How to grow basil in pot. Basil has a wide range of applications in the culinary world. From homemade spaghetti sauce, savory desserts, basil pesto to fruit salads. Basil is believed to have come from India and has a range of names it goes by like Thai basil or sweet basil. All of which relate to the botanical name of the herb, Ocimum basilicum, and belongs to the Lamiaceae family. So if you want to know how to grow basil in pot to be beautiful and bushy, learning a bit more about the herb is an excellent place to start.
Basil has long had a broad culinary reach, and also comes with a rich history when it comes to other applications in society. In ancient Egypt, basil was likely used to preserve and embalm bodies since traces of the herb were found in mummies and tombs. In Greece, it was a symbol of mourning, referred to as basilikon phuton. Basil also has a history in the ancient medicinal system.
Basil isn’t an easy plant to crop, given the care that will be needed for it to sprout. However, like many herbs you can grow at home, you can grow basil as well. So if you’re looking to grow your food right at home, here is our guide on how to grow basil in pot from seed.
A Guide On How To Grow Basil In Pot To Get Maximum Yield
The type of pot you use doesn’t really matter. Basil can grow in virtually anything – stone, plastic, clay, or concrete; all they need is 8 inches of depth for growing, and the container must be adequately drained. It’s important to note that basil doesn’t do well when its roots are waterlogged. So you’ll have to keep the soil moist. Otherwise, the plant won’t yield the quantity of leave harvest you’re going for. Regardless of the material, ensure the bottom of the pot has drainage holes.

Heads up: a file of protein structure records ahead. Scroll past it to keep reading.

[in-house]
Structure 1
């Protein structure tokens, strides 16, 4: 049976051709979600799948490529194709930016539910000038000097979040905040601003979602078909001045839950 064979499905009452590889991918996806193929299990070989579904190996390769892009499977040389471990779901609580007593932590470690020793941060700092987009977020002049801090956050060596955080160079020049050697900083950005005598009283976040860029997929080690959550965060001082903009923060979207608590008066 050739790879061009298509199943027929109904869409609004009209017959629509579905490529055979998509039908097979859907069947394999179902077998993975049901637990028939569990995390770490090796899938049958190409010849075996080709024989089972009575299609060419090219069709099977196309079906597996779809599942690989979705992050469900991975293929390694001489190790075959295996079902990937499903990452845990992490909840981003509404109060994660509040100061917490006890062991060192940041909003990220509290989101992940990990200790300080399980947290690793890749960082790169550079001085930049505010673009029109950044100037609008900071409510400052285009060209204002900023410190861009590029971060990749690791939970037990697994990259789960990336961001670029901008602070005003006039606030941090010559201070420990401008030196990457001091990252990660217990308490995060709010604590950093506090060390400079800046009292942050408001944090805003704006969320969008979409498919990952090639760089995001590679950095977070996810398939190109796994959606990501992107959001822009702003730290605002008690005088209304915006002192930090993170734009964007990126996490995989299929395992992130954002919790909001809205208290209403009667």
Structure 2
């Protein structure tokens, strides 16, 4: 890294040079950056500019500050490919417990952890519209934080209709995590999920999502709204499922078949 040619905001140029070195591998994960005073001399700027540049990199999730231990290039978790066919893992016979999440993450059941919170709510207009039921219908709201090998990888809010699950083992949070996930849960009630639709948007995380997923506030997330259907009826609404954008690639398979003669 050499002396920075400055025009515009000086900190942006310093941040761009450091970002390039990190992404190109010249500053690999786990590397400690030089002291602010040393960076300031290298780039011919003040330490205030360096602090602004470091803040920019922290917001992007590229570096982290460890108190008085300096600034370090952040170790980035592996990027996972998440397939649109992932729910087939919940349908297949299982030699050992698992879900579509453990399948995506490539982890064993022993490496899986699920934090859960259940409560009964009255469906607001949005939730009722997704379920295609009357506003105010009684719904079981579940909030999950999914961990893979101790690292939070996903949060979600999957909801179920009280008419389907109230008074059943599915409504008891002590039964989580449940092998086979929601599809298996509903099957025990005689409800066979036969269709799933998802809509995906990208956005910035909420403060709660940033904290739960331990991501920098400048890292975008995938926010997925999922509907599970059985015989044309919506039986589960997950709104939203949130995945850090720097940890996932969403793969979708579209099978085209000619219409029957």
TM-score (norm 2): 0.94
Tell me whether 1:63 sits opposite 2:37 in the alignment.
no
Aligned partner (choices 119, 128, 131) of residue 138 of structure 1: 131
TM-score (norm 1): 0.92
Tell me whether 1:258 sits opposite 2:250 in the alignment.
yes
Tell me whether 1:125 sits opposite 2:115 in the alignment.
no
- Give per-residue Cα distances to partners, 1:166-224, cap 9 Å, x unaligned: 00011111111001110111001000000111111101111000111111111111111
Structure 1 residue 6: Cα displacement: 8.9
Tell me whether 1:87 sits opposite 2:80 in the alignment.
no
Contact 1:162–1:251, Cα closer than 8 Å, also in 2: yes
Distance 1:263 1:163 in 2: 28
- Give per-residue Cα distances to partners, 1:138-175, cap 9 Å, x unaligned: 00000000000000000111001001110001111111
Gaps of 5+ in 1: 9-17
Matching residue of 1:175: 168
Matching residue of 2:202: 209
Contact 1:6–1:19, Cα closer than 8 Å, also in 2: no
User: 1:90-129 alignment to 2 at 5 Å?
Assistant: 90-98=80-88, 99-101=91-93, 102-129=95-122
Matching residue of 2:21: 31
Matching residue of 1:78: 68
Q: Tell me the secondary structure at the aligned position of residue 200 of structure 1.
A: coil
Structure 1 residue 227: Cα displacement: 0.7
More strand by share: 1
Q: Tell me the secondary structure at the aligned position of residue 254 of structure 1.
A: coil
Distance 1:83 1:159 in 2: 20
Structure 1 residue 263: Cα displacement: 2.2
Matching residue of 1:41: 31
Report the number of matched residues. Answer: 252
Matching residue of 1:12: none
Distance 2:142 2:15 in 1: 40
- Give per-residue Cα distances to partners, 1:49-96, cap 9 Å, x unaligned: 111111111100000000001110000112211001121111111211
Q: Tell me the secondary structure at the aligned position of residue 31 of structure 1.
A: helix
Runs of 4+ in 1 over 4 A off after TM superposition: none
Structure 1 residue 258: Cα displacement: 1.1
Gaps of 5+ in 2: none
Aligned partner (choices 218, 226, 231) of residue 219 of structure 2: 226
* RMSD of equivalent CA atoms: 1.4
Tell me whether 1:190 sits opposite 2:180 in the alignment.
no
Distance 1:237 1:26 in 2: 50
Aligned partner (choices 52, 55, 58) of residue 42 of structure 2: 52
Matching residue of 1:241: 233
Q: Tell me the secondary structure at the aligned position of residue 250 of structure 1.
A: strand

Start From Seed
For basil to grow into a healthy plant, the seeds will have to be planted in nutrient-rich soil that’s coarse and well-drained. Scatter the seeds on the pot evenly and plant them ¼” deep to enable them to get light for germination. Under the right conditions, the germination process will take 5 to 10 days. You can also opt to transplant the plant from the nursery.
Find a Sunny Spot
To grow properly and thrive, basil needs warmth and a sufficient amount of sunlight, with the minimum being six to eight hours. So for the basil to get off the mark, the air and soil will need to be fairly warm. As long as the temperature is at least 70 degrees Fahrenheit, basil will grow. The best place to position your basil plant is near a warm, well-lit, and ventilated window plus you can also opt to use a supplemental light source. The moisture, soil temperature, and amount of sunlight are what will determine the duration the seeds will sprout.
Feeding and Watering
Basil is very choosy when it comes to the watering schedule. Neither too wet nor too dry. If the pot dries out, that’s it for your basil. So if you’re not sure whether to add water, stick your finger to see if the soil has a dryish feel. Water it from the base to keep it well hydrated. So pour water directly at the soil line. Also, feed the plant with water-soluble fertilizer after two weeks. Gently pour the solution onto the soil surrounding the stem, taking care not to wet the leaves.
Like the majority of herbs, basil will taste better if picked directly. The basil will have to be harvested before flowering. This will provide you with the biggest and freshest leaves to enjoy. Snip off the leaves from the top. Trim it every week for the plant to grow bushy rather than lanky and tall.
Learning how to grow basil in a pot successfully at home may be just what you and your family need to prepare savory and nutritious meals.